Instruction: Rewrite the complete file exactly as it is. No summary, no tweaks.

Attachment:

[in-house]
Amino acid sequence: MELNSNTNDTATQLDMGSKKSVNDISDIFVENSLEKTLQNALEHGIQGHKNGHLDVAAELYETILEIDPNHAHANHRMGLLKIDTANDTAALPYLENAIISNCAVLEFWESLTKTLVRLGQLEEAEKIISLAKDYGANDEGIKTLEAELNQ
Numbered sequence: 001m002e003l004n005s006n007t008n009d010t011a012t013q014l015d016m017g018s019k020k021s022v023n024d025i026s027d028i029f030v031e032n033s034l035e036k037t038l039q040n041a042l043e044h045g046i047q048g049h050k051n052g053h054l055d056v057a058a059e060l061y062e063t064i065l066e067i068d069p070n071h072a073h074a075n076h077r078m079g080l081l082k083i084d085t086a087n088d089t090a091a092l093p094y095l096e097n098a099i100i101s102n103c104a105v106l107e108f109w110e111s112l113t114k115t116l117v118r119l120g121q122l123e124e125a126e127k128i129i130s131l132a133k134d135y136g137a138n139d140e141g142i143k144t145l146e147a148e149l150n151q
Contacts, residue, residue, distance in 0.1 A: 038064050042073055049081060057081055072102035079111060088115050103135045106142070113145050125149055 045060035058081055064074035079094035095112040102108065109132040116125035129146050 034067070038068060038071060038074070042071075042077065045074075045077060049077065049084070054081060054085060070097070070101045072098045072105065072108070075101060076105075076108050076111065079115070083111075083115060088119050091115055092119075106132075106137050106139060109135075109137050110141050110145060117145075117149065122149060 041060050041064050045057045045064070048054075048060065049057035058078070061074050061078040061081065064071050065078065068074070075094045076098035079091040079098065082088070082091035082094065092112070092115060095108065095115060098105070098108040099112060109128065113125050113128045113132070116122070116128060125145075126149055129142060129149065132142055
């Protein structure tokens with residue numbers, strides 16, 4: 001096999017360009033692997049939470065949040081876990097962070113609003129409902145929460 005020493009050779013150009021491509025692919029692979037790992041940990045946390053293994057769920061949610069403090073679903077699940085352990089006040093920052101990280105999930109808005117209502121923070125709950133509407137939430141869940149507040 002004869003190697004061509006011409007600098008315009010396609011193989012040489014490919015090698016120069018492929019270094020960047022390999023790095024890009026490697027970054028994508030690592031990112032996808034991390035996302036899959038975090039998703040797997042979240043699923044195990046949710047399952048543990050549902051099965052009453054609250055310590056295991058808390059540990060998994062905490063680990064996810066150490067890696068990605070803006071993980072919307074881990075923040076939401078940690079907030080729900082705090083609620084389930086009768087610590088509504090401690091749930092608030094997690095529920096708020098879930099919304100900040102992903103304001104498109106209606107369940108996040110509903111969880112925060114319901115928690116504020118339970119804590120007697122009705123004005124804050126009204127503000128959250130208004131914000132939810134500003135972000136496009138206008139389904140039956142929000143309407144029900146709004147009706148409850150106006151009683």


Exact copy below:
[in-house]
Amino acid sequence: MELNSNTNDTATQLDMGSKKSVNDISDIFVENSLEKTLQNALEHGIQGHKNGHLDVAAELYETILEIDPNHAHANHRMGLLKIDTANDTAALPYLENAIISNCAVLEFWESLTKTLVRLGQLEEAEKIISLAKDYGANDEGIKTLEAELNQ
Numbered sequence: 001m002e003l004n005s006n007t008n009d010t011a012t013q014l015d016m017g018s019k020k021s022v023n024d025i026s027d028i029f030v031e032n033s034l035e036k037t038l039q040n041a042l043e044h045g046i047q048g049h050k051n052g053h054l055d056v057a058a059e060l061y062e063t064i065l066e067i068d069p070n071h072a073h074a075n076h077r078m079g080l081l082k083i084d085t086a087n088d089t090a091a092l093p094y095l096e097n098a099i100i101s102n103c104a105v106l107e108f109w110e111s112l113t114k115t116l117v118r119l120g121q122l123e124e125a126e127k128i129i130s131l132a133k134d135y136g137a138n139d140e141g142i143k144t145l146e147a148e149l150n151q
Contacts, residue, residue, distance in 0.1 A: 038064050042073055049081060057081055072102035079111060088115050103135045106142070113145050125149055 045060035058081055064074035079094035095112040102108065109132040116125035129146050 034067070038068060038071060038074070042071075042077065045074075045077060049077065049084070054081060054085060070097070070101045072098045072105065072108070075101060076105075076108050076111065079115070083111075083115060088119050091115055092119075106132075106137050106139060109135075109137050110141050110145060117145075117149065122149060 041060050041064050045057045045064070048054075048060065049057035058078070061074050061078040061081065064071050065078065068074070075094045076098035079091040079098065082088070082091035082094065092112070092115060095108065095115060098105070098108040099112060109128065113125050113128045113132070116122070116128060125145075126149055129142060129149065132142055
């Protein structure tokens with residue numbers, strides 16, 4: 001096999017360009033692997049939470065949040081876990097962070113609003129409902145929460 005020493009050779013150009021491509025692919029692979037790992041940990045946390053293994057769920061949610069403090073679903077699940085352990089006040093920052101990280105999930109808005117209502121923070125709950133509407137939430141869940149507040 002004869003190697004061509006011409007600098008315009010396609011193989012040489014490919015090698016120069018492929019270094020960047022390999023790095024890009026490697027970054028994508030690592031990112032996808034991390035996302036899959038975090039998703040797997042979240043699923044195990046949710047399952048543990050549902051099965052009453054609250055310590056295991058808390059540990060998994062905490063680990064996810066150490067890696068990605070803006071993980072919307074881990075923040076939401078940690079907030080729900082705090083609620084389930086009768087610590088509504090401690091749930092608030094997690095529920096708020098879930099919304100900040102992903103304001104498109106209606107369940108996040110509903111969880112925060114319901115928690116504020118339970119804590120007697122009705123004005124804050126009204127503000128959250130208004131914000132939810134500003135972000136496009138206008139389904140039956142929000143309407144029900146709004147009706148409850150106006151009683």